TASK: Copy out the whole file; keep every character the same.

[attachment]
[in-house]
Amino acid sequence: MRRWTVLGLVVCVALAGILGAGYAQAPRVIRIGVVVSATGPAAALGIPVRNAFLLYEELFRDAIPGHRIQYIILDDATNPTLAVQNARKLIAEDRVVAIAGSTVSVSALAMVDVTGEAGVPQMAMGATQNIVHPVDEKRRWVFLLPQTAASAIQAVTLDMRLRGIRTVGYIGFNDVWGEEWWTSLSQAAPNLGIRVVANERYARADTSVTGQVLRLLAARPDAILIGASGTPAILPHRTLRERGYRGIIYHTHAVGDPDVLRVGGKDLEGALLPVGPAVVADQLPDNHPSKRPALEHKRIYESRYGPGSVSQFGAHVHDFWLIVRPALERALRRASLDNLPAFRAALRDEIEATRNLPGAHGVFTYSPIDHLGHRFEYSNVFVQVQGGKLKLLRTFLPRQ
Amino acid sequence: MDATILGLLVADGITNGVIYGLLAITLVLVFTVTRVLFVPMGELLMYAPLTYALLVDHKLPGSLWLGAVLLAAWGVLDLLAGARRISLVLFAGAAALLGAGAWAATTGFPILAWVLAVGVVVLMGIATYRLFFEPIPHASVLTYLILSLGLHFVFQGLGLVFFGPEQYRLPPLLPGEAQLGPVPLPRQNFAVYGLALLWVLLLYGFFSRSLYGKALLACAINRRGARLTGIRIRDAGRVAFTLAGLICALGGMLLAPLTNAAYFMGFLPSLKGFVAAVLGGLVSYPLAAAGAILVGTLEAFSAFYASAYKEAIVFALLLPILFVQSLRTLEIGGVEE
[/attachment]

[in-house]
Amino acid sequence: MRRWTVLGLVVCVALAGILGAGYAQAPRVIRIGVVVSATGPAAALGIPVRNAFLLYEELFRDAIPGHRIQYIILDDATNPTLAVQNARKLIAEDRVVAIAGSTVSVSALAMVDVTGEAGVPQMAMGATQNIVHPVDEKRRWVFLLPQTAASAIQAVTLDMRLRGIRTVGYIGFNDVWGEEWWTSLSQAAPNLGIRVVANERYARADTSVTGQVLRLLAARPDAILIGASGTPAILPHRTLRERGYRGIIYHTHAVGDPDVLRVGGKDLEGALLPVGPAVVADQLPDNHPSKRPALEHKRIYESRYGPGSVSQFGAHVHDFWLIVRPALERALRRASLDNLPAFRAALRDEIEATRNLPGAHGVFTYSPIDHLGHRFEYSNVFVQVQGGKLKLLRTFLPRQ
Amino acid sequence: MDATILGLLVADGITNGVIYGLLAITLVLVFTVTRVLFVPMGELLMYAPLTYALLVDHKLPGSLWLGAVLLAAWGVLDLLAGARRISLVLFAGAAALLGAGAWAATTGFPILAWVLAVGVVVLMGIATYRLFFEPIPHASVLTYLILSLGLHFVFQGLGLVFFGPEQYRLPPLLPGEAQLGPVPLPRQNFAVYGLALLWVLLLYGFFSRSLYGKALLACAINRRGARLTGIRIRDAGRVAFTLAGLICALGGMLLAPLTNAAYFMGFLPSLKGFVAAVLGGLVSYPLAAAGAILVGTLEAFSAFYASAYKEAIVFALLLPILFVQSLRTLEIGGVEE